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TALLAHASSEE (CBSMiami/CNN) – Governor Rick Scott, an ardent supporter of President Donald Trump, has come out against his administrations plan to roll back a ban on offshore drilling.

Scott took to Twitter to post his concerns.

Shortly after, the state’s Democratic Party called the governor out on his stance as less than honest. They said Scott has profited from oil drilling near the Everglades and has consistently supported offshore drilling.

“He opposed President Obama’s plan to ban drilling off the Eastern Gulf for seven years, even in the months after the Deepwater Horizon spill. His tweet is nothing more than Scott’s typical, self-serving politics and the people of Florida will see right through his lie,” according to their statement.

During Thursday’s White House press briefing, press secretary Sarah Sanders said: “Our goal isn’t to cross Governor Scott.” She added that the administration hopes to work with the governor on the issue.

The administration plan is to roll back a ban on new offshore drilling off the coasts of Florida and California, they’re also considering more than 40 sites for the leasing of natural gas and oil production.

Interior Secretary Ryan Zinke said that 47 proposed leasing areas could increase federal revenue by $15 billion.

“It’s better to produce energy here and never be held hostage by foreign enemy needs,” Zinke said, adding it’s a “clear difference between energy weakness and energy dominance.”

The proposal would increase drilling sites off the coasts of Alaska and in the Gulf of Mexico. It would reinstate leasing sites in Pacific and Atlantic waters.

Gov. Scott wants waters off of Florida’s coastline removed from consideration.

U.S. Senator Bill Nelson, a long-time opponent of allowing oil rigs too close to Florida’s coast, also slammed the Trump administration’s plan.

“This plan is an assault on Florida’s economy, our national security, the will of the public and the environment. This proposal defies all common sense and I will do everything I can to defeat it,” he said in a statement.

Zinke, who said he anticipated strong pushback, said the five-year-proposal would not move forward without state, community and congressional feedback, but refused to say that states would have the power to veto drilling off their own shores.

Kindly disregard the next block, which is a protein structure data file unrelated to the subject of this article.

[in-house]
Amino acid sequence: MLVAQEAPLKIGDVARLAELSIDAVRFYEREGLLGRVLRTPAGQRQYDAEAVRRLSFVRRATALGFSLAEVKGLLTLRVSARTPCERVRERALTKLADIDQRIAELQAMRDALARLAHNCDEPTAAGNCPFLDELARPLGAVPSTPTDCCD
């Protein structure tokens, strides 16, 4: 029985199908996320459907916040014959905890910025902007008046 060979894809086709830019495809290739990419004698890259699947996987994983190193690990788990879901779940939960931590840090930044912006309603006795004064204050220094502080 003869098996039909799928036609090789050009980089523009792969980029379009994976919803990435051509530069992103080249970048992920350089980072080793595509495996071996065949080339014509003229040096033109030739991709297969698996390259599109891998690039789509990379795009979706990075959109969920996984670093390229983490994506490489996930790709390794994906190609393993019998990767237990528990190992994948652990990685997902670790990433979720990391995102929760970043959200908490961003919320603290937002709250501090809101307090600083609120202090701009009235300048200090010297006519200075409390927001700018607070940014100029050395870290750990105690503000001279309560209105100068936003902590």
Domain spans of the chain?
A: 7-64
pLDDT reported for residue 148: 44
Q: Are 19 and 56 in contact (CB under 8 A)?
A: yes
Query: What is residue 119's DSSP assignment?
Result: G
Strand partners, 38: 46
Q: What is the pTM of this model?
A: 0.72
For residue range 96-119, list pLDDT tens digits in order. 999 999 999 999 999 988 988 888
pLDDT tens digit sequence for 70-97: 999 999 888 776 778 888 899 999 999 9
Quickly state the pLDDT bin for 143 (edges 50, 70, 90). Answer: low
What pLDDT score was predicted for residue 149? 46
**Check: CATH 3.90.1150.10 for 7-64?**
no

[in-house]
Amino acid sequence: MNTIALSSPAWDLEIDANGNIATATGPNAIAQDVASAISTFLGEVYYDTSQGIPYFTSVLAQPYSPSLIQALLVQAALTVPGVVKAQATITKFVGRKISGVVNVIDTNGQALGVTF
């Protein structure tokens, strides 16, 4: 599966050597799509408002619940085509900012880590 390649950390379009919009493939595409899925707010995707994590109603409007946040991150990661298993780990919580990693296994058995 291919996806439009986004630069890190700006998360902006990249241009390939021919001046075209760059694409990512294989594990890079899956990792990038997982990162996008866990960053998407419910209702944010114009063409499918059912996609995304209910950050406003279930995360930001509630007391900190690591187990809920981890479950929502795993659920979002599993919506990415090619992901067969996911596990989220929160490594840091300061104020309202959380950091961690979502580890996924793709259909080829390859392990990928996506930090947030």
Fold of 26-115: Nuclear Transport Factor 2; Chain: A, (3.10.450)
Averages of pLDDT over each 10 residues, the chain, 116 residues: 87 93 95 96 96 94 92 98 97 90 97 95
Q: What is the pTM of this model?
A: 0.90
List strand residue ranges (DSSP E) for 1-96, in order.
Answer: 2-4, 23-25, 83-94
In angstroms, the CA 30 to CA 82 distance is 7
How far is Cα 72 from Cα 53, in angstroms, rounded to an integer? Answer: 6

“Certainly states and local communities have a voice and Scott’s been a great governor,” Zinke said. “This is what’s available. We’re going to listen to the voices of all the stakeholders. … This is going to be a dialogue of states and Interior and all the stakeholders.”

Lawmakers from New Jersey and Pennsylvania also voiced concerns about the effects on tourism and coastal economies.

Sen. Maggie Hassan, D-New Hampshire, tweeted, “Offshore drilling has caused some of the greatest man-made natural disasters of our time.”

Environmental groups call the plan “dirty” and “dangerous.”

“The administration’s backward-looking approach puts oil and gas profits first — and will place our coastal communities and all they support at risk of the next BP-style disaster,” said Natural Resources Defense Council President Rhea Suh.

In December, Interior issued a stop-work order on a National Academy of Sciences study reviewing the offshore oil and gas operations inspection program to enhance safety.

Zinke repeatedly said Thursday that any offshore drilling lease will come with the condition of safety.

“We will deepen commitment to environmental stewardship because we do it right,” he said.

The U.S. Chamber of Commerce praised the move in a statement, saying it “would help cement America’s role as an energy superpower, creating jobs and contributing to our economy.”

“For decades, our nation has needlessly limited our own ability to harness oil and gas resources. This new plan sets a much different course,” the Chamber said.

(©2018 CBS Broadcasting Inc. All Rights Reserved. CNN contributed to this report.)


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